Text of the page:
The first match of Euro 2016 to be staged in Lyon will not see instances of hooliganism, according to deputy mayor Georges Kepenekian.
Lyon's deputy mayor Georges Kepenekian hopes the city will avoid a repeat of the violence which afflicted Marseille early in Euro 2016.
Clashes between Russian and English supporters, allegedly inflamed by local troublemakers, caused shocking scenes ahead of and after a 1-1 draw between the Three Lions and Leonid Slutsky's team at Stade Velodrome on Saturday.
There have been flashpoints in other cities during the opening days of the tournament, prompting anxiety among organisers and fans in the lead-up to the first game at Stade de Lyon, a crunch showdown between Group E heavyweights Belgium and Italy.
Kepenekian, though, is hopeful his city will not be afflicted by the trouble that has flared up elsewhere.
"We have seen terrible images of the events that took place mainly on the Canebiere," he told Omnisport, referring to the historic high street in Marseille's old quarter.
"The sun, alcohol, excitement, [the fans] surely had sparks, I do not know yet, we will see the results of the investigation.
"I think it makes us even more strict and more cautious, obviously inside but also outside the fan zones.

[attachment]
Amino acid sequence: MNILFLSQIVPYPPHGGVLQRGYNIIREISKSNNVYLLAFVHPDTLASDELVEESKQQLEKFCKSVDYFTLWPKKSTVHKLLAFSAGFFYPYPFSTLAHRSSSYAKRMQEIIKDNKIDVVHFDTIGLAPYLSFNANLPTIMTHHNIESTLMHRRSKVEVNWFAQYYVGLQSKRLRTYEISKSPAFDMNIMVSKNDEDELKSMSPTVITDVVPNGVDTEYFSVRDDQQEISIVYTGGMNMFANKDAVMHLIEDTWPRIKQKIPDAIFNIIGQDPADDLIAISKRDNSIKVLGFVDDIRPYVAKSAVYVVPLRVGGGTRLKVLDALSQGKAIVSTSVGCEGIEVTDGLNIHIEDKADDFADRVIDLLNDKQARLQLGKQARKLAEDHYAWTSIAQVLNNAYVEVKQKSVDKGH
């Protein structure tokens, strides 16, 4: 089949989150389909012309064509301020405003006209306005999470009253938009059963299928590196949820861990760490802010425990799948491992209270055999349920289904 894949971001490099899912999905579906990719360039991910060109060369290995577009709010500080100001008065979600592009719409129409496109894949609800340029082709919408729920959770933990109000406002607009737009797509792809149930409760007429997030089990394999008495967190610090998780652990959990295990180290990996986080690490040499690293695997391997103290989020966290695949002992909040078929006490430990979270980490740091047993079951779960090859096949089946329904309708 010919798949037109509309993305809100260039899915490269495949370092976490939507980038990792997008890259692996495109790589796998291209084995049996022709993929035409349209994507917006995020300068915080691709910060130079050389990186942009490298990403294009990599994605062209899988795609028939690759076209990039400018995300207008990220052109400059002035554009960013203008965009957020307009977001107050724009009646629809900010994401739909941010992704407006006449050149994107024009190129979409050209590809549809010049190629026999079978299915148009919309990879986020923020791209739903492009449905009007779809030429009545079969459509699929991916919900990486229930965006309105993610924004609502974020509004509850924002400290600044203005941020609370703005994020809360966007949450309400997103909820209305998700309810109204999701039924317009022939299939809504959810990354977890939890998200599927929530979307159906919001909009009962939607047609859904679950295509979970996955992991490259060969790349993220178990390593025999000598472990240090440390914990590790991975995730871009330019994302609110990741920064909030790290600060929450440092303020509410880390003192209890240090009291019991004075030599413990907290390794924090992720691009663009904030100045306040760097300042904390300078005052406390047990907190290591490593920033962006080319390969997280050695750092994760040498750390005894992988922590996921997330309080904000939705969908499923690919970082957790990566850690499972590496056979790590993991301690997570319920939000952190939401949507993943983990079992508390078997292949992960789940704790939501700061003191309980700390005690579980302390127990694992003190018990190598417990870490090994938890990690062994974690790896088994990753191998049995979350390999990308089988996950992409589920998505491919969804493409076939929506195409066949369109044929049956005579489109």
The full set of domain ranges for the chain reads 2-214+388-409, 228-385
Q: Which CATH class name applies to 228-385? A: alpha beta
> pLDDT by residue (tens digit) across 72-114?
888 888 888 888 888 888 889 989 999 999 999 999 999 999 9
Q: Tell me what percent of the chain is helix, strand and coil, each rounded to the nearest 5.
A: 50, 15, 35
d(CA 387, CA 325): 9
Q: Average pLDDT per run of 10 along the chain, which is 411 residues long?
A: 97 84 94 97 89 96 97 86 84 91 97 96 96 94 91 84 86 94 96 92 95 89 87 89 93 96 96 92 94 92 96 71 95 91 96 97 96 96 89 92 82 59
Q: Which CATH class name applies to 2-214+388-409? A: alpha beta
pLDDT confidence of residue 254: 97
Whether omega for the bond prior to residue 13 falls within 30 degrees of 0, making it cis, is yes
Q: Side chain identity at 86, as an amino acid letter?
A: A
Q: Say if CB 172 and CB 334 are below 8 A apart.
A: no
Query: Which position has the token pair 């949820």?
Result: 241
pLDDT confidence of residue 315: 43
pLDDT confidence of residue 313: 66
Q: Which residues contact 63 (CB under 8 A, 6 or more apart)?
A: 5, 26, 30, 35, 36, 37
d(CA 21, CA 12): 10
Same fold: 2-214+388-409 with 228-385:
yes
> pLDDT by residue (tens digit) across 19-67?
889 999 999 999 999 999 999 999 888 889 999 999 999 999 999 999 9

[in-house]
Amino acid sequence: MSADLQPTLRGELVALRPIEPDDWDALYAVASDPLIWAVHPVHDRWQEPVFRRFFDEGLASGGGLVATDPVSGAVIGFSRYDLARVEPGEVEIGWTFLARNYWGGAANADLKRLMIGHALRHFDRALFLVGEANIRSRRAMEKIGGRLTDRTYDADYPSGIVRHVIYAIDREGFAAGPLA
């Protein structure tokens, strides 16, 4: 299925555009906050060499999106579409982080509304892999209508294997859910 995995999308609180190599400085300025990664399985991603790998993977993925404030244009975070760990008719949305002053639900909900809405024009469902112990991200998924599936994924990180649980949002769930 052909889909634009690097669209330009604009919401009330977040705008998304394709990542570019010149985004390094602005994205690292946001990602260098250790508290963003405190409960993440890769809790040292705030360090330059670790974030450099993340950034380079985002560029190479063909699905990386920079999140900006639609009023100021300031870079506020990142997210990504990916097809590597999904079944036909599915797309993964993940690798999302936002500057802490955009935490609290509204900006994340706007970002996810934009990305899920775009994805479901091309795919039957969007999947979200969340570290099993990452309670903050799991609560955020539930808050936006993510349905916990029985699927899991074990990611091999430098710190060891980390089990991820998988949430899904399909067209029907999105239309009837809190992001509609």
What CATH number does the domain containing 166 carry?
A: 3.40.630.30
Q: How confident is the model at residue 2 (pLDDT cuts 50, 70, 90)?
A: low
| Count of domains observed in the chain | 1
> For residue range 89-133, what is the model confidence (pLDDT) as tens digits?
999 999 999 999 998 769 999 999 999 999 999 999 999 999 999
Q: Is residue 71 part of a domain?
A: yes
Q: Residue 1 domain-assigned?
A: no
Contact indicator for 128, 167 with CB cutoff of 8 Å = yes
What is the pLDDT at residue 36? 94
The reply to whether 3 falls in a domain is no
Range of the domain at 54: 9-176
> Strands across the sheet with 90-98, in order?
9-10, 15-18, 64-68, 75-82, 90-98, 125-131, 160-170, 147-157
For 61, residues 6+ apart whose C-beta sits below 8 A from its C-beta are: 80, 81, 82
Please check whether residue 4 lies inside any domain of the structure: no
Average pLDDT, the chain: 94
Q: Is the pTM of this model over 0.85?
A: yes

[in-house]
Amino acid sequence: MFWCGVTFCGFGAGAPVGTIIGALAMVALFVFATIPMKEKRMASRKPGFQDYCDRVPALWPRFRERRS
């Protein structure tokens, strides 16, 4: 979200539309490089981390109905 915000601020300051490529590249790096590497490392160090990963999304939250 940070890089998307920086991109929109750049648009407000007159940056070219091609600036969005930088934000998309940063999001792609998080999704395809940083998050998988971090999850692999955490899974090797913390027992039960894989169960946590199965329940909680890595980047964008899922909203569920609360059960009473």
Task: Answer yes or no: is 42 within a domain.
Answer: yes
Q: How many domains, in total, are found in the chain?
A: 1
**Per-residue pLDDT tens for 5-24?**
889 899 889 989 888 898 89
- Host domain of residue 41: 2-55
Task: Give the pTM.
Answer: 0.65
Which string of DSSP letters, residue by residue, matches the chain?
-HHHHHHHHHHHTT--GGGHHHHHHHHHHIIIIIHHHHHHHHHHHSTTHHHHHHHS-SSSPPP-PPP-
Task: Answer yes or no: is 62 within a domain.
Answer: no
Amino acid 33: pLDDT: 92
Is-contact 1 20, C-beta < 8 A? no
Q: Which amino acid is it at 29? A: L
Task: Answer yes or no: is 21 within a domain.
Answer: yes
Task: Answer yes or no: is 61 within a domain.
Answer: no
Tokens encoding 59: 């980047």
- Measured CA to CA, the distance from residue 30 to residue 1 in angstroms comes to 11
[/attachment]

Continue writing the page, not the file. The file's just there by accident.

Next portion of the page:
"This is exactly why we made the fan zones - for the fans to congregate in these areas, [which], as you see, are very secure. We hope it will be the only terrible event of this Euro."
UEFA have responded to the hooliganism by threatening the expulsion of teams whose supporters misbehave, while the French government has advised local authorities to restrict the sale of alcohol in fan zones and other at-risk areas on match days.
Kepenekian acknowledged the unexpected re-emergence of widespread hooliganism has been a wake-up call ahead of the first match in Lyon.
"I think what happened in Marseille ... will serve as an alarm to everyone," he said.
"We will probably be more demanding than we have been. We put the maximum in term of security [in place].
"You know that the best security cannot prevent people who would really create disorder.
"But honestly, I think we have done this with the utmost seriousness so that, even more so after what happened in Marseille, everyone tighten things up."